A Roman Tale by Julie Laing
Paulus knows moving to the city is terrible mistake, but what can he do when his Father comes back from war and wants to take the whole family to Rome?
In A Roman Tale, readers will see what life must have been like for one family in ancient times.
GENRE: Mid-Grade Reader/History Word Count: 7, 796
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THE HOME FARM
Paulus perched on the roof, watching the dust swirl in the distance. Something or someone was galloping to their lonely farm. He slid down the tiles and raced up the hill to meet the horseman.
“Son,” said a quivery voice, “I’ve missed you.”
Paulus stammered, “G…ood morning sir.” He had a flash of memory of his father leaving for war five years before. He had been tall and dressed in a golden breastplate with plumes in his helmet. Could this really be Father? An old man with bleary eyes and sunken cheeks wearing a helmet trailing tattered ribbons?
Then Paulus’ Mother came, screaming, “Husband, husband!”
“You could help a Roman soldier,” Father said to Paulus.
Paulus grabbed the horse and held it steady as Mother helped Father to the ground. Claudia, Paulus’ older sister ran up, squealing in joy, and helped Mother drag Father and his bundles into the house.
“Father, you look ill,” Claudia said.
“I’m all right, now I’m home,” he replied, limping into the hall. He bowed to the little statues of ancestors sitting on ledges along the wall.
Only then did Paulus know that his family was together again. “Pluck the bird we were keeping to sell,” he yelled. “Stoke the fire. Father is back.”
“See,” Mother said proudly. “He’s such a good son.”
“Son, you’ve become a fine young man.”
A smile grew on Paulus’ face. At age 10, he had been the man of the house, while Father was away. He poured wine for his father.
“You got all my letters?” Father asked.
“Yes,” said Paulus. “Mother showed me a map of where you were.”
“It’s been a long trip home. Pirates ambushed us on the sea. Our ship was almost taken but we fought them off. My leg was slashed with a sword.” He patted his thigh.
Mother pulled up his tunic to see. “It’s a wonder you’re still standing.” She hurried off to get ointment to soothe his wound.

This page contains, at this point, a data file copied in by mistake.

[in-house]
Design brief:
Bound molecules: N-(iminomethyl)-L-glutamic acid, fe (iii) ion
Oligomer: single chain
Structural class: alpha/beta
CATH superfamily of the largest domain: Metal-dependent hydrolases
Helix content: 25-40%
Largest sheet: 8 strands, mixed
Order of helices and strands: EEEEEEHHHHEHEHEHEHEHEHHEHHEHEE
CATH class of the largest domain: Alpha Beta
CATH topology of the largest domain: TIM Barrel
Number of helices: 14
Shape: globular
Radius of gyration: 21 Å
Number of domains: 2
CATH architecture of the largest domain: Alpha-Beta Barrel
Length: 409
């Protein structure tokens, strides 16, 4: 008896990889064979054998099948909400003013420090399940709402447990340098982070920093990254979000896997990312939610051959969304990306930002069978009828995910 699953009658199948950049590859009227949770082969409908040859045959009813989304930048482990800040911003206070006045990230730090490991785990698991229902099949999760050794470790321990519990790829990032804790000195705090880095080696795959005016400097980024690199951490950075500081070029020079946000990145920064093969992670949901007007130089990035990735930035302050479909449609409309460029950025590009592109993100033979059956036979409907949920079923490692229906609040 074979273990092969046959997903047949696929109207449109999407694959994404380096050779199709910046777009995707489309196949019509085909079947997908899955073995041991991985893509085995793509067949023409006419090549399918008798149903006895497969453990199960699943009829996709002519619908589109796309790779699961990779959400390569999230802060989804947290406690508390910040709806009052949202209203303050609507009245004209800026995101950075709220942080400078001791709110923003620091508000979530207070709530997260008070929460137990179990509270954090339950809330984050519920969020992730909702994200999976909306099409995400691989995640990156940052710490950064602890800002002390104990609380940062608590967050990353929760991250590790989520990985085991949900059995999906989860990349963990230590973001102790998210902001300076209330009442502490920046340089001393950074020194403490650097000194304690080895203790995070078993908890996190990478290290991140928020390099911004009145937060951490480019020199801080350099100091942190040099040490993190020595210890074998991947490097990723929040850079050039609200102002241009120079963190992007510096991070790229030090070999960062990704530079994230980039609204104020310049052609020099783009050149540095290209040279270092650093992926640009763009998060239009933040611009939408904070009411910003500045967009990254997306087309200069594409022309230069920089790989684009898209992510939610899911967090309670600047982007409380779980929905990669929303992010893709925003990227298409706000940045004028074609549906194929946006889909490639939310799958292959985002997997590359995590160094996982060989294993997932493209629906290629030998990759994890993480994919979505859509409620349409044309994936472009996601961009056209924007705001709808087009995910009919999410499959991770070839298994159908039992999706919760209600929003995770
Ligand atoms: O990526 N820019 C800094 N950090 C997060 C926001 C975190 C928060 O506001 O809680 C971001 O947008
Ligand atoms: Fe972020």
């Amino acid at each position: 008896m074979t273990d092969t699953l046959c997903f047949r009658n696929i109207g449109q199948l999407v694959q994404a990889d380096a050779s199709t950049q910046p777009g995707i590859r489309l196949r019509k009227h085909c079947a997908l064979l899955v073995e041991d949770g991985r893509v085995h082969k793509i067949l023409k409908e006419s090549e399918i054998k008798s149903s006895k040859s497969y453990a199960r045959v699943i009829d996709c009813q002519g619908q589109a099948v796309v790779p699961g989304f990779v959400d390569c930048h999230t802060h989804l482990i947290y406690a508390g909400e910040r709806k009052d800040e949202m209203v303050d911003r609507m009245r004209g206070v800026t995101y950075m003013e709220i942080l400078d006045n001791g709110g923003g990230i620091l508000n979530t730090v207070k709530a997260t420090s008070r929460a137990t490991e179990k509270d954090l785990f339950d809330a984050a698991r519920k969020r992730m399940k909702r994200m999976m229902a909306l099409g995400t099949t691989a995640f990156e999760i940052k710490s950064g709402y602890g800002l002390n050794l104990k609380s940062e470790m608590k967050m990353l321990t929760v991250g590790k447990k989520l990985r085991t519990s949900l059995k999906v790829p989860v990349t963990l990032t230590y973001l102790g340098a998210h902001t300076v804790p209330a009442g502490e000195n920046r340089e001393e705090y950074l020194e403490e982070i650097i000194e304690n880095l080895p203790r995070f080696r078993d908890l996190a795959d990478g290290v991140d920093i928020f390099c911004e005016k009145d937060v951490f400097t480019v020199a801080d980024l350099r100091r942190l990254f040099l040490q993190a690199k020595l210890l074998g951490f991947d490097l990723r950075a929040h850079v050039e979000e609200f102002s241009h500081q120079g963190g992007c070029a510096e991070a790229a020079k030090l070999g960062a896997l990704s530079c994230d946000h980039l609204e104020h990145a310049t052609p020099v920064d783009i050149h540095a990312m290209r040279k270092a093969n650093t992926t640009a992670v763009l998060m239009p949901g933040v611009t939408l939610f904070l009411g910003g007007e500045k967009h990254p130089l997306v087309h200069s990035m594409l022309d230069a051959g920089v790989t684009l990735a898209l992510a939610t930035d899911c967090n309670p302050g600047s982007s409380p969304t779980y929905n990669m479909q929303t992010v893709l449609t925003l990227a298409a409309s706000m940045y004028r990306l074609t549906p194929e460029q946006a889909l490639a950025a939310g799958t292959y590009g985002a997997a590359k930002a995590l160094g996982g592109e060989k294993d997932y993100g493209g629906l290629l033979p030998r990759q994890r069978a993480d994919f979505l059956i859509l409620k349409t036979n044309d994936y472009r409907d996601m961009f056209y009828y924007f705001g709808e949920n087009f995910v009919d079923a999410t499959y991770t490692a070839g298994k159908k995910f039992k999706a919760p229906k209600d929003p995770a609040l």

“Every land we went,” Father went on, “the Roman army was always victorious. We even built a great city in Africa. But it was marvellous to come back to port and the final march across the mountains and into Rome.” He went on and on as they ate dinner, describing beautiful cities and his voyages, until finally, he could speak no more. Tears filled his voice and his eyes.
Paulus began to worry what their farm must look to him after the magnificent sights he had seen.
“We managed to keep our vegetable garden going,” he said handing Father more radishes, “but there hasn’t been much feed for the animals.”
They finished eating and Mother cleared away the food. Paulus went out to find Adolphe and help get the last jugs of wine from the cellar. The old servant slowly lifted the trapdoor and teetered on the steps. He looked sad, Paulus thought, and he seemed to have aged even more in the time Father had been home. Paulus unstoppered a jug, wondering if things were going to change.
As he came back into the dining room he heard Mother say, “We’ve only just managed on the money you sent.”
“But everything will be right now you’re back,” Claudia interrupted. She kissed Father and went off to get her beauty sleep.
“I won’t be able to farm for a while,” said Father. “Perhaps we ought to sell off this useless land and find fortune in Rome. I’ve become quite an expert in working leather.”
Paulus felt his heart thump. He looked out at the farm through the window. Fields went to the horizon. The ones close to their house were planted with vegetables and barley. He knew and loved every hill and tree that followed the stream. Most of all he loved the animals: the old ass, the few sheep and the hens.
He quietly went out and measured some corn for the hens. He had done his best to look after them but Father was the head of the family, and if he wanted to move to the city Paulus knew they would have to go. For a moment, he looked in at his parents huddled around the candle. Mother looked happy. Father poured more wine and talked and talked. Paulus scattered the feed in the yard and tied up the gate. The hens squawked and pecked until it was gone and then settled on their roosts. Paulus sat on a stone step watching.
Then he moved on to Ploddy, the old ass. Even he looked sad, gnawing the rail of his pen. Paulus felt teary. The feed box, mended with sticks and bits of rope, was empty. He filled it and watched Ploddy nuzzle and snort while he ate. Paulus rubbed his eyes, determined not to cry. He sat on the gate, which was propped up on a tree stump, trying to think of a solution. The darkness got blacker and he shivered. He reminded himself he was glad Father had at last come home, but he was worried about the farm.
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